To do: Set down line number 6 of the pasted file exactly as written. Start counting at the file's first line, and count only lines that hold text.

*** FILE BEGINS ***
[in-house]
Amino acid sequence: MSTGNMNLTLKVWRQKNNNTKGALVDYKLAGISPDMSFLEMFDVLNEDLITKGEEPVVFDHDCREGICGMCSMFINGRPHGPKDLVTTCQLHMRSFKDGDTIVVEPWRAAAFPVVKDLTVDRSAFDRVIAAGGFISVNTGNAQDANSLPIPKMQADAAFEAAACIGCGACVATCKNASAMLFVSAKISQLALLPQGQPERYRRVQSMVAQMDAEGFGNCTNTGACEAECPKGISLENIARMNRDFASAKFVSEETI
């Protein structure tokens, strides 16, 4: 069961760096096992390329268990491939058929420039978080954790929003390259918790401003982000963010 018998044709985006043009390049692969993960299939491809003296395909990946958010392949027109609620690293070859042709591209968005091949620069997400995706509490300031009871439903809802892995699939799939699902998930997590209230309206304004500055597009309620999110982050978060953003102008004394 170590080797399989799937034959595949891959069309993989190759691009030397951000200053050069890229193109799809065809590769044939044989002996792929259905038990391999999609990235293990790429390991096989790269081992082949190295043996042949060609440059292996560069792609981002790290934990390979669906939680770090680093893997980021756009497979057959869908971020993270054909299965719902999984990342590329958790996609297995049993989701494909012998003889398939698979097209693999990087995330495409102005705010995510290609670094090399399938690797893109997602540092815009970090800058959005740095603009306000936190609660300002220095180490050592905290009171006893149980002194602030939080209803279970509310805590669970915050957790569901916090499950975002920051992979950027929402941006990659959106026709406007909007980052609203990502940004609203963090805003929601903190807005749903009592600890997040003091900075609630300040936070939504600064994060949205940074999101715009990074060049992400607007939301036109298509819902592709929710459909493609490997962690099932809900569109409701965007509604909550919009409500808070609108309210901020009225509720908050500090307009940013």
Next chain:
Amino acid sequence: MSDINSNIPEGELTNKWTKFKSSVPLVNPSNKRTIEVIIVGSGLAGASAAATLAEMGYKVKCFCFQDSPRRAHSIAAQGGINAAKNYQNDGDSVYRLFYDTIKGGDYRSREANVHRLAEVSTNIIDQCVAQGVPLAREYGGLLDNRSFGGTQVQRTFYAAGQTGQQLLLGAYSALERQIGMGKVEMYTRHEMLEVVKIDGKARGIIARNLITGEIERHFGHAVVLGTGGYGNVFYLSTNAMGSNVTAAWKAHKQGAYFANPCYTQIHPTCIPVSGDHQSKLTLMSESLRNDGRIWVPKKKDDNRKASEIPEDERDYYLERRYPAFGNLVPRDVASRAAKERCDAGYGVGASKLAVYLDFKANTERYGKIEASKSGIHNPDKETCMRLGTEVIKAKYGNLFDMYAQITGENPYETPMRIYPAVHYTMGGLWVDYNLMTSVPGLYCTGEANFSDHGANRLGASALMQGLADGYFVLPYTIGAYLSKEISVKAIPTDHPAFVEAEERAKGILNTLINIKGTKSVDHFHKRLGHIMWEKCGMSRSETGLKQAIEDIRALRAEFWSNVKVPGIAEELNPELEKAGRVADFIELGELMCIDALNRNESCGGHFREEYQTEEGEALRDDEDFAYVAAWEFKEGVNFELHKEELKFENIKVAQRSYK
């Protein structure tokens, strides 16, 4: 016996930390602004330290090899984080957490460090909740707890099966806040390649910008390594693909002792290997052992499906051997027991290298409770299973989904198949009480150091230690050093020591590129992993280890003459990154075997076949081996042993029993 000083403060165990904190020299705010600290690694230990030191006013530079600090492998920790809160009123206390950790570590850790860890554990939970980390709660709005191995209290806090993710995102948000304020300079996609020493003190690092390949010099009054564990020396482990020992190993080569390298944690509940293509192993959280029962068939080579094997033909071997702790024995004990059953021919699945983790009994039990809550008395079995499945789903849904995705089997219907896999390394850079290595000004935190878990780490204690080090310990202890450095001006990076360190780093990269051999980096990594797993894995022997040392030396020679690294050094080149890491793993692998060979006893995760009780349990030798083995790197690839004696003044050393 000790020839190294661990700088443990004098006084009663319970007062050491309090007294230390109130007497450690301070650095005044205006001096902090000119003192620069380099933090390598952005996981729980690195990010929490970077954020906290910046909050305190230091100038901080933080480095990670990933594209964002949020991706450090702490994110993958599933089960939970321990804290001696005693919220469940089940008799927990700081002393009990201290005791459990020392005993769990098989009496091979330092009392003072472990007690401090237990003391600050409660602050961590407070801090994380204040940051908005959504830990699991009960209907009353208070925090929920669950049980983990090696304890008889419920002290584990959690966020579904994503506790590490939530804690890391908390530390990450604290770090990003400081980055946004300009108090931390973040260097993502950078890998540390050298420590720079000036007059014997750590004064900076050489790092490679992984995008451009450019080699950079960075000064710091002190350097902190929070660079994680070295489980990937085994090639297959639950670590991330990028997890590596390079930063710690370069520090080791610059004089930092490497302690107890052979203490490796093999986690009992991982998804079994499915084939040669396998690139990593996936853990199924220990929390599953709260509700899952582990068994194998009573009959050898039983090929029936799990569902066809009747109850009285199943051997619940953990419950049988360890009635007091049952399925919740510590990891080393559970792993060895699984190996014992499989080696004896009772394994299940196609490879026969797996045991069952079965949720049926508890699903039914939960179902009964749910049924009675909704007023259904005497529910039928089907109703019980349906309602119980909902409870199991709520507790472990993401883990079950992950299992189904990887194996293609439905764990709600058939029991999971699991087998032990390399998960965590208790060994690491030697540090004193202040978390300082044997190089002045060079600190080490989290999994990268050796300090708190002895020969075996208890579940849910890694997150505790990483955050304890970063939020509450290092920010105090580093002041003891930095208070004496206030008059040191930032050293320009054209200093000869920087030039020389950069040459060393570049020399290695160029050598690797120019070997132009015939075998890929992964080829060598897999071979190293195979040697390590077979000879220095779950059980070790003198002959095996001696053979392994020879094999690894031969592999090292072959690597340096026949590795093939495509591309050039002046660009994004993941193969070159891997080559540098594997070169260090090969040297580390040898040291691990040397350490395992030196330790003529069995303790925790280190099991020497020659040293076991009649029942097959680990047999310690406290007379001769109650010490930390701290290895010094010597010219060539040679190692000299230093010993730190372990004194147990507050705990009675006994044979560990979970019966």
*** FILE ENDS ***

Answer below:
């Protein structure tokens, strides 16, 4: 016996930390602004330290090899984080957490460090909740707890099966806040390649910008390594693909002792290997052992499906051997027991290298409770299973989904198949009480150091230690050093020591590129992993280890003459990154075997076949081996042993029993 000083403060165990904190020299705010600290690694230990030191006013530079600090492998920790809160009123206390950790570590850790860890554990939970980390709660709005191995209290806090993710995102948000304020300079996609020493003190690092390949010099009054564990020396482990020992190993080569390298944690509940293509192993959280029962068939080579094997033909071997702790024995004990059953021919699945983790009994039990809550008395079995499945789903849904995705089997219907896999390394850079290595000004935190878990780490204690080090310990202890450095001006990076360190780093990269051999980096990594797993894995022997040392030396020679690294050094080149890491793993692998060979006893995760009780349990030798083995790197690839004696003044050393 000790020839190294661990700088443990004098006084009663319970007062050491309090007294230390109130007497450690301070650095005044205006001096902090000119003192620069380099933090390598952005996981729980690195990010929490970077954020906290910046909050305190230091100038901080933080480095990670990933594209964002949020991706450090702490994110993958599933089960939970321990804290001696005693919220469940089940008799927990700081002393009990201290005791459990020392005993769990098989009496091979330092009392003072472990007690401090237990003391600050409660602050961590407070801090994380204040940051908005959504830990699991009960209907009353208070925090929920669950049980983990090696304890008889419920002290584990959690966020579904994503506790590490939530804690890391908390530390990450604290770090990003400081980055946004300009108090931390973040260097993502950078890998540390050298420590720079000036007059014997750590004064900076050489790092490679992984995008451009450019080699950079960075000064710091002190350097902190929070660079994680070295489980990937085994090639297959639950670590991330990028997890590596390079930063710690370069520090080791610059004089930092490497302690107890052979203490490796093999986690009992991982998804079994499915084939040669396998690139990593996936853990199924220990929390599953709260509700899952582990068994194998009573009959050898039983090929029936799990569902066809009747109850009285199943051997619940953990419950049988360890009635007091049952399925919740510590990891080393559970792993060895699984190996014992499989080696004896009772394994299940196609490879026969797996045991069952079965949720049926508890699903039914939960179902009964749910049924009675909704007023259904005497529910039928089907109703019980349906309602119980909902409870199991709520507790472990993401883990079950992950299992189904990887194996293609439905764990709600058939029991999971699991087998032990390399998960965590208790060994690491030697540090004193202040978390300082044997190089002045060079600190080490989290999994990268050796300090708190002895020969075996208890579940849910890694997150505790990483955050304890970063939020509450290092920010105090580093002041003891930095208070004496206030008059040191930032050293320009054209200093000869920087030039020389950069040459060393570049020399290695160029050598690797120019070997132009015939075998890929992964080829060598897999071979190293195979040697390590077979000879220095779950059980070790003198002959095996001696053979392994020879094999690894031969592999090292072959690597340096026949590795093939495509591309050039002046660009994004993941193969070159891997080559540098594997070169260090090969040297580390040898040291691990040397350490395992030196330790003529069995303790925790280190099991020497020659040293076991009649029942097959680990047999310690406290007379001769109650010490930390701290290895010094010597010219060539040679190692000299230093010993730190372990004194147990507050705990009675006994044979560990979970019966």